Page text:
What kind of research did you do for the book, and what is your writing process like?
I devote a lot of space in the Acknowledgments section of Deadly Lullaby crediting my research sources, and the book wouldn’t have been half as believable without them. My criminology and law degrees, and my practice of law, have all given me the practical know-how to track down just about any information I want. The hurdle for me to clear was realizing that presenting research to fiction readers is nothing like analyzing it for readers of scholarly articles and legal briefs. After many years of trial and error writing fiction stories, I’m getting the hang of figuring out exactly what I need to find and how to translate the research into believable settings and characters. Researching settings is relatively easy; there’s a slew of picture books out there, Google Earth is at everyone’s fingertips and you can always visit the place you’re writing about, which I often do.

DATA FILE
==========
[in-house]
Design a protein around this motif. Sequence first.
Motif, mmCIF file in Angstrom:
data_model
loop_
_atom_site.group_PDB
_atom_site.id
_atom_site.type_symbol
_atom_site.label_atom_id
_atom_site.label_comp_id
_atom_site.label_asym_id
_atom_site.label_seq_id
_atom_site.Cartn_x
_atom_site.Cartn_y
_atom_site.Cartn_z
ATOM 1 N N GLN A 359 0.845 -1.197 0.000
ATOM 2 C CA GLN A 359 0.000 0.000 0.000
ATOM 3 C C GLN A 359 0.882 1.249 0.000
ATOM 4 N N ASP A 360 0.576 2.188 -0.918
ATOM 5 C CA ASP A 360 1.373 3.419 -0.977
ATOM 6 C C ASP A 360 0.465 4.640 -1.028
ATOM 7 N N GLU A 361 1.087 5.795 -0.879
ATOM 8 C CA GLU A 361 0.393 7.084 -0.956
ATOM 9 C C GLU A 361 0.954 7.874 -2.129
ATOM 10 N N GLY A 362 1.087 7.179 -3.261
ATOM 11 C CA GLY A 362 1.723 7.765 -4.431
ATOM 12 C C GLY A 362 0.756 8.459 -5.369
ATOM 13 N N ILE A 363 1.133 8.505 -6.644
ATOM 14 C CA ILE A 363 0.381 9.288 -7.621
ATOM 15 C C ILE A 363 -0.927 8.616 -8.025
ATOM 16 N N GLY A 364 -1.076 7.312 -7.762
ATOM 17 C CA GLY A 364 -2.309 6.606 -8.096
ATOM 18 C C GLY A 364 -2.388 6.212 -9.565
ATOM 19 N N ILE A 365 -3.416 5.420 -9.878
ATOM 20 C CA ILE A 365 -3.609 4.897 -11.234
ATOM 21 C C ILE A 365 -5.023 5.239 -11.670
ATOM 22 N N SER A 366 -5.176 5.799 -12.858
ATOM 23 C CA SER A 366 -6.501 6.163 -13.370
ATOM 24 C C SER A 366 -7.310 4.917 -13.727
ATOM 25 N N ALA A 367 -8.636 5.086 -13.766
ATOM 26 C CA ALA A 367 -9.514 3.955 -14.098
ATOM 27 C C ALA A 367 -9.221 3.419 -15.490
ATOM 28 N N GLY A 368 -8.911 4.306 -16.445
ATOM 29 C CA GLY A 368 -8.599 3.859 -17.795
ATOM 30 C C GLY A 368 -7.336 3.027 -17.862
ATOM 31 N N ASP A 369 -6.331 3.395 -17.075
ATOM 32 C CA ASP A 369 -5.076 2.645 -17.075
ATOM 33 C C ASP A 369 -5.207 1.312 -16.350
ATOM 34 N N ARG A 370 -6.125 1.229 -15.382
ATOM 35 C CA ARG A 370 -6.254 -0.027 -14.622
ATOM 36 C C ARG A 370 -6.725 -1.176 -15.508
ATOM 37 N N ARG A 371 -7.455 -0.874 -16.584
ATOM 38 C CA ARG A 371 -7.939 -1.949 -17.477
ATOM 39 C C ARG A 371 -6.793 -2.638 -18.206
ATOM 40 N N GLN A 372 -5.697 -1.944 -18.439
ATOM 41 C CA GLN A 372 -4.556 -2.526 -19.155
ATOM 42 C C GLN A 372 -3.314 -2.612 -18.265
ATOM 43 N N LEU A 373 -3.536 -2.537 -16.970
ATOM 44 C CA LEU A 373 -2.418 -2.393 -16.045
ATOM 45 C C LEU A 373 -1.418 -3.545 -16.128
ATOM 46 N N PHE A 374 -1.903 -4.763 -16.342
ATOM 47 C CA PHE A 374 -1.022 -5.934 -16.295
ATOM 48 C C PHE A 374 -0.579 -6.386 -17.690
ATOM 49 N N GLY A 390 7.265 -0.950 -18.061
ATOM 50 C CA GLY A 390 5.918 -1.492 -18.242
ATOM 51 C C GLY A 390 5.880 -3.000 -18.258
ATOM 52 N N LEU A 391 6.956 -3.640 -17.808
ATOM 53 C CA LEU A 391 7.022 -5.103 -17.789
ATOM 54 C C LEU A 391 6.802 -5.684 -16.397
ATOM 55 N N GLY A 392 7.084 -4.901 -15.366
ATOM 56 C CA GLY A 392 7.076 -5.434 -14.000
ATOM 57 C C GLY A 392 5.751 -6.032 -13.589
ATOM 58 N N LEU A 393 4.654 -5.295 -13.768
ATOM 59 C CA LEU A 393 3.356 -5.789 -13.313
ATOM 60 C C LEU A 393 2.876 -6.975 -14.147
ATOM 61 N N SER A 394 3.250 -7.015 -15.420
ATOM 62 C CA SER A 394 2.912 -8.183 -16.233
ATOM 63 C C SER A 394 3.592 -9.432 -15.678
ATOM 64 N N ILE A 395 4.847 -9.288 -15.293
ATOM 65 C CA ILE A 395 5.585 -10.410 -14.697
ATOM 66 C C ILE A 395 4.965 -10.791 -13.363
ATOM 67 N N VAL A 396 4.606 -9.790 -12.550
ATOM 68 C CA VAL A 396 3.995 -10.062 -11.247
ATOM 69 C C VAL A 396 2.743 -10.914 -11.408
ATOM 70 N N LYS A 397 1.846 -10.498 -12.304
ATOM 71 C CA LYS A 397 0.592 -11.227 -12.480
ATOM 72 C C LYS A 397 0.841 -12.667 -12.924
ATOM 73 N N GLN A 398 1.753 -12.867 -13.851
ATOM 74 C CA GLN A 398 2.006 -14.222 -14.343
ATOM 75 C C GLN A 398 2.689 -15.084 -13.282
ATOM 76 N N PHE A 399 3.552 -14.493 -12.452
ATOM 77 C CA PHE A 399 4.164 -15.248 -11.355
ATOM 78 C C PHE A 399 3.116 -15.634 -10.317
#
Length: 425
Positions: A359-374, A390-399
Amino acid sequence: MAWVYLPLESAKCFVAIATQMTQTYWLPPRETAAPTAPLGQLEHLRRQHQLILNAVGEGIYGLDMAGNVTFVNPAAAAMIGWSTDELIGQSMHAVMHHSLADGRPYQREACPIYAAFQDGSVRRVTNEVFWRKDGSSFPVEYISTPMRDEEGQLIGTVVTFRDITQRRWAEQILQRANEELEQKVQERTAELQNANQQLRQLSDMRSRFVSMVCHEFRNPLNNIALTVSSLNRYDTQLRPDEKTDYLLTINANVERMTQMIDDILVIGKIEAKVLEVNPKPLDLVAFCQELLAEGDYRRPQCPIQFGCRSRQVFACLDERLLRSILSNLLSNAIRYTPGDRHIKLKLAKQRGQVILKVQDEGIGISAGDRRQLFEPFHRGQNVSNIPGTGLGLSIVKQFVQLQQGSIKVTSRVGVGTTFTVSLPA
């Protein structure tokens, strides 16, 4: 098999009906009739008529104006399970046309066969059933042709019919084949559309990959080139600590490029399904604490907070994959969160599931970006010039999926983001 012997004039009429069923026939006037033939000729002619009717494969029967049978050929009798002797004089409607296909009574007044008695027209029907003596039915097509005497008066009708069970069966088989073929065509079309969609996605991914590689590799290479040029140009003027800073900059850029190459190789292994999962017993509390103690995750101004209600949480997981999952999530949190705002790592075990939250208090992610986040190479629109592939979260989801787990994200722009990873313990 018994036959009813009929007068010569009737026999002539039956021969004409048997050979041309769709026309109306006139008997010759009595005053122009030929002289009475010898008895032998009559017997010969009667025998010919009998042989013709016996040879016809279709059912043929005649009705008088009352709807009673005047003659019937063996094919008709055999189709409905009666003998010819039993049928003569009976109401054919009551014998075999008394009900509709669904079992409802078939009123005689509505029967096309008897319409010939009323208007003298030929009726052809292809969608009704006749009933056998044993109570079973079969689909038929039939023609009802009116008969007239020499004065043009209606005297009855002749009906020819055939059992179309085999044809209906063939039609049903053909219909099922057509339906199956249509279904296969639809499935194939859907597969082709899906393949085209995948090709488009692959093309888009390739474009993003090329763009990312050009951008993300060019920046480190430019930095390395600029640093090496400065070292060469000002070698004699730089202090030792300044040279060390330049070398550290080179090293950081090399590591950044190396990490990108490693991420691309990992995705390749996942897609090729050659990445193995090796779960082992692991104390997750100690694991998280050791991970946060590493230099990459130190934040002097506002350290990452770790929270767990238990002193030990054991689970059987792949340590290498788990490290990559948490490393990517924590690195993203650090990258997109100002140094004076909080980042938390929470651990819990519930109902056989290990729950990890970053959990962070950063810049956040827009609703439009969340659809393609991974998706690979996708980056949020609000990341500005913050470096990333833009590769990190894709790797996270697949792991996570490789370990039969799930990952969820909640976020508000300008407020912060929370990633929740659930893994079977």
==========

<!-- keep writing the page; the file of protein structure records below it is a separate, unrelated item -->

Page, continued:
The most creative research, I think, is the deeper stuff I delve into about the lives of police and criminals, their psychological makeup and how they go about their daily activities. Throughout my life I’ve known a lot of cops and crooks, personally and professionally, and I supplement that knowledge by digging into the online text books and academic articles. Though some of this research reaches the page more or less verbatim, it’s mostly (hopefully) reflected in the actions my characters take, in what they say and how they say it. Again, reading my Acknowledgements in Deadly Lullaby is probably the best way to get a grasp on the kind of research I do.